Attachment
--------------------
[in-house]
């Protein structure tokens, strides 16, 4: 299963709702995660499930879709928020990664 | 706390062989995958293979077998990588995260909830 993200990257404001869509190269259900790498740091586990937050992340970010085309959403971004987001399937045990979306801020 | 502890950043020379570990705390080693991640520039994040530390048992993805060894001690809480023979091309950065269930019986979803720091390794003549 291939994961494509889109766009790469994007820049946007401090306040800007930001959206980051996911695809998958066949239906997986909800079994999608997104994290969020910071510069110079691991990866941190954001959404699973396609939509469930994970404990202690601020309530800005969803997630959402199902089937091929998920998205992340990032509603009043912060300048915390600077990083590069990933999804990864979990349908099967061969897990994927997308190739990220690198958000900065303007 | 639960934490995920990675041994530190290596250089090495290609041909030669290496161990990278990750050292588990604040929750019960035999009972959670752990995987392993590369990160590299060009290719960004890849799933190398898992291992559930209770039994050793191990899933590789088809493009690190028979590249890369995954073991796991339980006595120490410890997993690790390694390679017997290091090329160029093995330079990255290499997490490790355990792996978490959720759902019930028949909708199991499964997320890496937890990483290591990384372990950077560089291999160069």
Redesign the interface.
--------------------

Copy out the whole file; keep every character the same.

[in-house]
């Protein structure tokens, strides 16, 4: 299963709702995660499930879709928020990664 | 706390062989995958293979077998990588995260909830 993200990257404001869509190269259900790498740091586990937050992340970010085309959403971004987001399937045990979306801020 | 502890950043020379570990705390080693991640520039994040530390048992993805060894001690809480023979091309950065269930019986979803720091390794003549 291939994961494509889109766009790469994007820049946007401090306040800007930001959206980051996911695809998958066949239906997986909800079994999608997104994290969020910071510069110079691991990866941190954001959404699973396609939509469930994970404990202690601020309530800005969803997630959402199902089937091929998920998205992340990032509603009043912060300048915390600077990083590069990933999804990864979990349908099967061969897990994927997308190739990220690198958000900065303007 | 639960934490995920990675041994530190290596250089090495290609041909030669290496161990990278990750050292588990604040929750019960035999009972959670752990995987392993590369990160590299060009290719960004890849799933190398898992291992559930209770039994050793191990899933590789088809493009690190028979590249890369995954073991796991339980006595120490410890997993690790390694390679017997290091090329160029093995330079990255290499997490490790355990792996978490959720759902019930028949909708199991499964997320890496937890990483290591990384372990950077560089291999160069």
Redesign the interface.